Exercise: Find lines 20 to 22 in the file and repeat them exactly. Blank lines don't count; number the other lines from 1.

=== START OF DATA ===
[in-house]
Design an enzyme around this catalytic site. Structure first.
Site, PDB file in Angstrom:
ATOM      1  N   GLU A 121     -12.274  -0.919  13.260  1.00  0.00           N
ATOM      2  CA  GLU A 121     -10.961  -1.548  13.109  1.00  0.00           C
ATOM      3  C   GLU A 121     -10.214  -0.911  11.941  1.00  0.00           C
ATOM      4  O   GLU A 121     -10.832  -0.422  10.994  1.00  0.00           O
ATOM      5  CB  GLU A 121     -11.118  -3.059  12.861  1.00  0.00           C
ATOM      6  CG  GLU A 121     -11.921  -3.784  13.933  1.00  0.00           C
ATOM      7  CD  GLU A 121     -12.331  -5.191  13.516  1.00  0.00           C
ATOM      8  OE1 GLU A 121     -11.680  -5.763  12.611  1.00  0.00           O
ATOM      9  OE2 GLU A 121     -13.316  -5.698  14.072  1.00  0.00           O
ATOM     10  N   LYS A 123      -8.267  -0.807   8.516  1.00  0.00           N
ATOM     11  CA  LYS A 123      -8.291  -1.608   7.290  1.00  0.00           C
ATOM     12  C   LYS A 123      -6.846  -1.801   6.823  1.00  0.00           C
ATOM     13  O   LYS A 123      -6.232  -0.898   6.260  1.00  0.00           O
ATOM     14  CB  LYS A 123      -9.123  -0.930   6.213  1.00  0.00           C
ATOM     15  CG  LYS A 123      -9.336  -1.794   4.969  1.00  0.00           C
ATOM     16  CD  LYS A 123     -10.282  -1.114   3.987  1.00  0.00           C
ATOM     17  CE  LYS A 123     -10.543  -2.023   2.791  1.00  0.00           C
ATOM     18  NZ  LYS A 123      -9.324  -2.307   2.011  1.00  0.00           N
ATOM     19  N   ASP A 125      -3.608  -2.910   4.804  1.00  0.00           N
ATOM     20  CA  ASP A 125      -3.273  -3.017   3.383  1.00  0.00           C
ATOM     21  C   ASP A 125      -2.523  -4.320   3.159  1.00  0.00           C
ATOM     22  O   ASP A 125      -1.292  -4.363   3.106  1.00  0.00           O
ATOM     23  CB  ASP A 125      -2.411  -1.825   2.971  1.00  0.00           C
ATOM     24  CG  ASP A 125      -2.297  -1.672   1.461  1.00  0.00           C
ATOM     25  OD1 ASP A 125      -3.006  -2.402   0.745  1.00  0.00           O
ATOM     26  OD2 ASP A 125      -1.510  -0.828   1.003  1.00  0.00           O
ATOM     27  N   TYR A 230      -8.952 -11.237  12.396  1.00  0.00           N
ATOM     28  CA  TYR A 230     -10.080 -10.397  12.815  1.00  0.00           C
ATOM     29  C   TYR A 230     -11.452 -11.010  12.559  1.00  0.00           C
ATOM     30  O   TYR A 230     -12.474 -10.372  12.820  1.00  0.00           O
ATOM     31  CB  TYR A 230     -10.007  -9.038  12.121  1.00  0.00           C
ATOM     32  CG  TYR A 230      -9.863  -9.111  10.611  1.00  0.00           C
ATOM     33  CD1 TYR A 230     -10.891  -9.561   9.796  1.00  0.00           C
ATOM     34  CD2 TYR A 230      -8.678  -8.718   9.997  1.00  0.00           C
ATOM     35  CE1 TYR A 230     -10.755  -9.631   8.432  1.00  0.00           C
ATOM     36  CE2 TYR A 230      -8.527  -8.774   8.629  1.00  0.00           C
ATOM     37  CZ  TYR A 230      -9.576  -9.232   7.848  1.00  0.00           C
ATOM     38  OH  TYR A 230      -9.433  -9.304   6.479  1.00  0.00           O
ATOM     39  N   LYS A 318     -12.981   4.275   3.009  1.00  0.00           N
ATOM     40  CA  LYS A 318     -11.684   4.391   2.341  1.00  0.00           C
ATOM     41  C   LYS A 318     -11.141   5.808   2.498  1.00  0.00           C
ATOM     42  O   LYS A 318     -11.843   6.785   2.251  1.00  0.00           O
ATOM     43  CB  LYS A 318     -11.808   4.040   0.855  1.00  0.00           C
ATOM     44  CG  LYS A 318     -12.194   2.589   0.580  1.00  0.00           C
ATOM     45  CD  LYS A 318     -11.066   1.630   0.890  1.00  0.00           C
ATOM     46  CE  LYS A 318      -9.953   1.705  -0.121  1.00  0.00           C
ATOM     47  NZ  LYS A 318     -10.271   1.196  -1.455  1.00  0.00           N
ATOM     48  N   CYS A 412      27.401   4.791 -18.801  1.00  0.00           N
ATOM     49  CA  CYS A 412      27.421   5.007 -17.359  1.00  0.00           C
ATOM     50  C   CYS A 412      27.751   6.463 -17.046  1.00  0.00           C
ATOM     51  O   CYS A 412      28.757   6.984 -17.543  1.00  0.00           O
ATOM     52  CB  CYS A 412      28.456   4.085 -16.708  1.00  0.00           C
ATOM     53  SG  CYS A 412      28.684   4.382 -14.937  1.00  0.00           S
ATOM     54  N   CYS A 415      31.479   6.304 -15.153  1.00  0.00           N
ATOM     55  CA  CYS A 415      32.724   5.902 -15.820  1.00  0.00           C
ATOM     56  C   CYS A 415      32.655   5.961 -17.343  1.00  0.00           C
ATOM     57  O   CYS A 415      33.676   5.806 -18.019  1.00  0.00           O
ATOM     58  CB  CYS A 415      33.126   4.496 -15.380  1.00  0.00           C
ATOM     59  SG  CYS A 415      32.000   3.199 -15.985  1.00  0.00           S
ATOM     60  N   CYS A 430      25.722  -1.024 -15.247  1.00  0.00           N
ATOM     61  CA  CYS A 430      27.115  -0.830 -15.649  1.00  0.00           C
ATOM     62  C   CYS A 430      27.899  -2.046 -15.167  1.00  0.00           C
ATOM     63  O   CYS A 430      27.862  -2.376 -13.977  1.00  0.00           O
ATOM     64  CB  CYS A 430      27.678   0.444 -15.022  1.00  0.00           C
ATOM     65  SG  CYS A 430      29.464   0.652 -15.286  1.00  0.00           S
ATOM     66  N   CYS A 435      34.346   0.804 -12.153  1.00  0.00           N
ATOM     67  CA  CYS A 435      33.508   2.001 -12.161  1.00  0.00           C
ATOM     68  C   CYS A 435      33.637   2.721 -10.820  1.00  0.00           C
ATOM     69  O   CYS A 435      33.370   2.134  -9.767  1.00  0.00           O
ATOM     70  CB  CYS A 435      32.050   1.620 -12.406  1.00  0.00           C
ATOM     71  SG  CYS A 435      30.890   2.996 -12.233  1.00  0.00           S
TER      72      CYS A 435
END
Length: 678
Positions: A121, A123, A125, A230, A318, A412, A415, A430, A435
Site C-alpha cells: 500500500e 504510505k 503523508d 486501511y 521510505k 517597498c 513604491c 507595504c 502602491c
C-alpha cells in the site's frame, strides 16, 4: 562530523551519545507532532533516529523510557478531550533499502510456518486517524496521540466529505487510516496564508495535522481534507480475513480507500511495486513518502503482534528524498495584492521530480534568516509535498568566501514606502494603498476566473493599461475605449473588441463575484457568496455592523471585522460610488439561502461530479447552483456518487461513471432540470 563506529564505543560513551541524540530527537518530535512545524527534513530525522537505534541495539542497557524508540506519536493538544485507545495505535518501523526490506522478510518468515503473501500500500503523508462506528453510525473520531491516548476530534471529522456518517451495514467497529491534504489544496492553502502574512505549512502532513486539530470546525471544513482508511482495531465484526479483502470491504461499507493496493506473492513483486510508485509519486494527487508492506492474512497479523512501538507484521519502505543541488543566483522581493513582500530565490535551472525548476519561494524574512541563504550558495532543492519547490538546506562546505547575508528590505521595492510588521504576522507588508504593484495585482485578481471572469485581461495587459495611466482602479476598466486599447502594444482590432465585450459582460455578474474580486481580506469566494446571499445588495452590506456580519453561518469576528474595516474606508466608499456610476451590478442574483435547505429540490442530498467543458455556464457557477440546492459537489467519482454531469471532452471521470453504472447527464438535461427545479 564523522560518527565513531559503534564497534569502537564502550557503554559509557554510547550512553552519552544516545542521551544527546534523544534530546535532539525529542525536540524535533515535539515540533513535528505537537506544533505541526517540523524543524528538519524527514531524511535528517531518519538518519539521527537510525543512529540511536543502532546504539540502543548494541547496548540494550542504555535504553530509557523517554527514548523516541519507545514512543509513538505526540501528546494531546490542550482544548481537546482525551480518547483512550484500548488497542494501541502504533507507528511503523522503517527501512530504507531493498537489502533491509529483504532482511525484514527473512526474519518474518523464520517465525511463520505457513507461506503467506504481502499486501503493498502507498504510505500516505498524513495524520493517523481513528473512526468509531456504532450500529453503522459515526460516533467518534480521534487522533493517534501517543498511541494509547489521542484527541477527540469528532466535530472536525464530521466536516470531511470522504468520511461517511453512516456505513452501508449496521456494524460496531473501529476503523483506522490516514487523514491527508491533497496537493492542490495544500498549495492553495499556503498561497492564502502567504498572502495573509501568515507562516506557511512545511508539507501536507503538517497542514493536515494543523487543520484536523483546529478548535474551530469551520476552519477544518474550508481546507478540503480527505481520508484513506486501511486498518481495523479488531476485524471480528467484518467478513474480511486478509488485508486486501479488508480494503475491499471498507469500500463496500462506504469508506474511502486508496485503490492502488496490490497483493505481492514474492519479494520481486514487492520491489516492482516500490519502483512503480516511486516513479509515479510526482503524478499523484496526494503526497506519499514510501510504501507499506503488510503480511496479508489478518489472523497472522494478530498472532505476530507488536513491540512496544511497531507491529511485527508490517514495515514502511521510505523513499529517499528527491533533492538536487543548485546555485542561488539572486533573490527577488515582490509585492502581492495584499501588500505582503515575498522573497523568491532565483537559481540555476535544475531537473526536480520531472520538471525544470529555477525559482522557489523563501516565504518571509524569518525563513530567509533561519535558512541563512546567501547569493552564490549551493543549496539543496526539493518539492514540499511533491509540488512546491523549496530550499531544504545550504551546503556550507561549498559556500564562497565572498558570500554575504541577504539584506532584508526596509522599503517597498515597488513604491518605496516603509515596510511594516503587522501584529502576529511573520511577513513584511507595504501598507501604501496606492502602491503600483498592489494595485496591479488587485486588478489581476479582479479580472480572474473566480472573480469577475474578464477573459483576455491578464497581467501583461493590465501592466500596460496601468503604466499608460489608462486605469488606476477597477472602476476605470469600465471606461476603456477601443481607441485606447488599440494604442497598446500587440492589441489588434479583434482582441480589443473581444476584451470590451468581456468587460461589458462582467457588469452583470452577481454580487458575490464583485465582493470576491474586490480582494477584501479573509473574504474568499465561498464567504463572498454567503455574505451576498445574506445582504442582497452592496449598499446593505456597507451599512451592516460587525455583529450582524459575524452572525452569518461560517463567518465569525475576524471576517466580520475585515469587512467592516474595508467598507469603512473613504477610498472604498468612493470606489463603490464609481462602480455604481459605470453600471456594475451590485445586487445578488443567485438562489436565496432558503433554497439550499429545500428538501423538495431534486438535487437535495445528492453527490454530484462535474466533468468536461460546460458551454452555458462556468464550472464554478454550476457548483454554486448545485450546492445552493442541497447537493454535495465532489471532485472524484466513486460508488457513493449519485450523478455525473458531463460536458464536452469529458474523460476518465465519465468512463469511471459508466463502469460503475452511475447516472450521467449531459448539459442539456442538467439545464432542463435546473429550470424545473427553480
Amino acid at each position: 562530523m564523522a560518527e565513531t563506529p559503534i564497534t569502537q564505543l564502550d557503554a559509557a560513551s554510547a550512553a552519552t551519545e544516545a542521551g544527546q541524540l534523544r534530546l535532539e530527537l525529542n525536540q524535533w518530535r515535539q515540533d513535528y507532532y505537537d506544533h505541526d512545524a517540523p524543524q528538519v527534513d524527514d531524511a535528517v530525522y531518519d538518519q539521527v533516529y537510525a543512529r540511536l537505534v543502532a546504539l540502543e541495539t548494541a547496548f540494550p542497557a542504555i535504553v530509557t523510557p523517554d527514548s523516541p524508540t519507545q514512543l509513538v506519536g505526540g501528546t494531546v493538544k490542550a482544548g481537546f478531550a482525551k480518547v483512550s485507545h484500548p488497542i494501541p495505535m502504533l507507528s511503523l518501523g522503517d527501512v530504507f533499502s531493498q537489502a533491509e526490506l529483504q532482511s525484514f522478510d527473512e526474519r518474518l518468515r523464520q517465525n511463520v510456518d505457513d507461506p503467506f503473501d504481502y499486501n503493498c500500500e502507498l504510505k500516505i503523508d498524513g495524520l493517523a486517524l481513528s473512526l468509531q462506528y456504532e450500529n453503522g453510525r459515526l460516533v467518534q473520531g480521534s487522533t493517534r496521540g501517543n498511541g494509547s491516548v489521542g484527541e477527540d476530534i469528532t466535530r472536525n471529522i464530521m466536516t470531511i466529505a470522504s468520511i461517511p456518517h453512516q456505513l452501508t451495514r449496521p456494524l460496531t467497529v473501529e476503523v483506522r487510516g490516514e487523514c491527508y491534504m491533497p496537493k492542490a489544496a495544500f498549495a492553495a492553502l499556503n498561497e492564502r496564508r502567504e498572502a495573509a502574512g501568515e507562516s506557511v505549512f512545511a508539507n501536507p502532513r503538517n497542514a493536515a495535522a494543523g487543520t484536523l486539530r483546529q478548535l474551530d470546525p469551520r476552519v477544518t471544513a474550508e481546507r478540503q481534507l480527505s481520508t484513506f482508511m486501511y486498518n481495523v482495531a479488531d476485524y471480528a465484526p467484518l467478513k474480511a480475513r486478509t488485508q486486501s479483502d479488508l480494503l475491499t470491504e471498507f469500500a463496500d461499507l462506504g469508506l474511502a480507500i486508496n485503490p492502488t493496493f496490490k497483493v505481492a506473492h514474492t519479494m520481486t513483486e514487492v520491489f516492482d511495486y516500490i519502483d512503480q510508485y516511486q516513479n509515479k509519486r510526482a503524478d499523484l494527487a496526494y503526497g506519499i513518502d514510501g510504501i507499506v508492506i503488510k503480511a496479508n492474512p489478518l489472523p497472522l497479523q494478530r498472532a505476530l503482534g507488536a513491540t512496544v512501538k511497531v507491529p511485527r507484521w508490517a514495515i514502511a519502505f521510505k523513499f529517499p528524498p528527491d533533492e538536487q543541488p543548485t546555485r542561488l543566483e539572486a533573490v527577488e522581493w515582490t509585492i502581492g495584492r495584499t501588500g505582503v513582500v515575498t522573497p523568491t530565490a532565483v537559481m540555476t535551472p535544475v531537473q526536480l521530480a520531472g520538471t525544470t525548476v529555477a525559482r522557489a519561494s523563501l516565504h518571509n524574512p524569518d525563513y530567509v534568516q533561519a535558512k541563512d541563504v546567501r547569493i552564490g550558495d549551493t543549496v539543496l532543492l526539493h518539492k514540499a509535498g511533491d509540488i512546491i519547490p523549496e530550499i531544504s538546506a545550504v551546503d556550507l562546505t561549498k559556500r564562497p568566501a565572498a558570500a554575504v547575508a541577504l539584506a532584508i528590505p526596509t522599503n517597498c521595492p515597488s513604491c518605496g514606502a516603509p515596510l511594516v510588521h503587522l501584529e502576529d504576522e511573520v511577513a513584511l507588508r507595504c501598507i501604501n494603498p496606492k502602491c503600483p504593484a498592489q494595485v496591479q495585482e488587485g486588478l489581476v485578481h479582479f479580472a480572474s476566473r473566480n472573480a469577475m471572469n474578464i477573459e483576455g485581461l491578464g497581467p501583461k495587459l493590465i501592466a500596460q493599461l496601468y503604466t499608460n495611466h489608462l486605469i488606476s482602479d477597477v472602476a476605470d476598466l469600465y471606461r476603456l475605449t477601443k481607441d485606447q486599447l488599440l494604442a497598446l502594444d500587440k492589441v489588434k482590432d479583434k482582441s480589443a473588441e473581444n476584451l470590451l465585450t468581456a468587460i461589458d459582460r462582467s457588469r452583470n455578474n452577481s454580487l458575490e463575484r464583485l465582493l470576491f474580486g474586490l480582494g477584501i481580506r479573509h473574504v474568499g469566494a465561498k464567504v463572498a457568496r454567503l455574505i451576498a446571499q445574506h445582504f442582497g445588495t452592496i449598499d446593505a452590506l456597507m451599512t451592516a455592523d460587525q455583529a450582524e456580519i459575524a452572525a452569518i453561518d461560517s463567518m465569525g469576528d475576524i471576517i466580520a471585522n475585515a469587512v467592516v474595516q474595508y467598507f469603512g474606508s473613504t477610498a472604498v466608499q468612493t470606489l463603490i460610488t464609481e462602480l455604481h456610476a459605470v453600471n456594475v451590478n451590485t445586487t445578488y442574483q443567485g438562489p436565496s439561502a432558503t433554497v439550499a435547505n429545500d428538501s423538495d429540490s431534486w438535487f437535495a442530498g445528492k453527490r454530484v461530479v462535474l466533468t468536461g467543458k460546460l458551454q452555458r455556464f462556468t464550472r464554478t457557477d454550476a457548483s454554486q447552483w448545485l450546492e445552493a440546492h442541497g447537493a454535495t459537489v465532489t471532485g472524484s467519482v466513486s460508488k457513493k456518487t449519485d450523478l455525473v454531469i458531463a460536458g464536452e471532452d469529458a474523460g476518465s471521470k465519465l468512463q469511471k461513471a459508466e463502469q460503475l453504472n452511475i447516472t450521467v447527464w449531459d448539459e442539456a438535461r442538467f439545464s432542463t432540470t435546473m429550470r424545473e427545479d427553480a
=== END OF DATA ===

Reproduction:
ATOM     17  CE  LYS A 123     -10.543  -2.023   2.791  1.00  0.00           C
ATOM     18  NZ  LYS A 123      -9.324  -2.307   2.011  1.00  0.00           N
ATOM     19  N   ASP A 125      -3.608  -2.910   4.804  1.00  0.00           N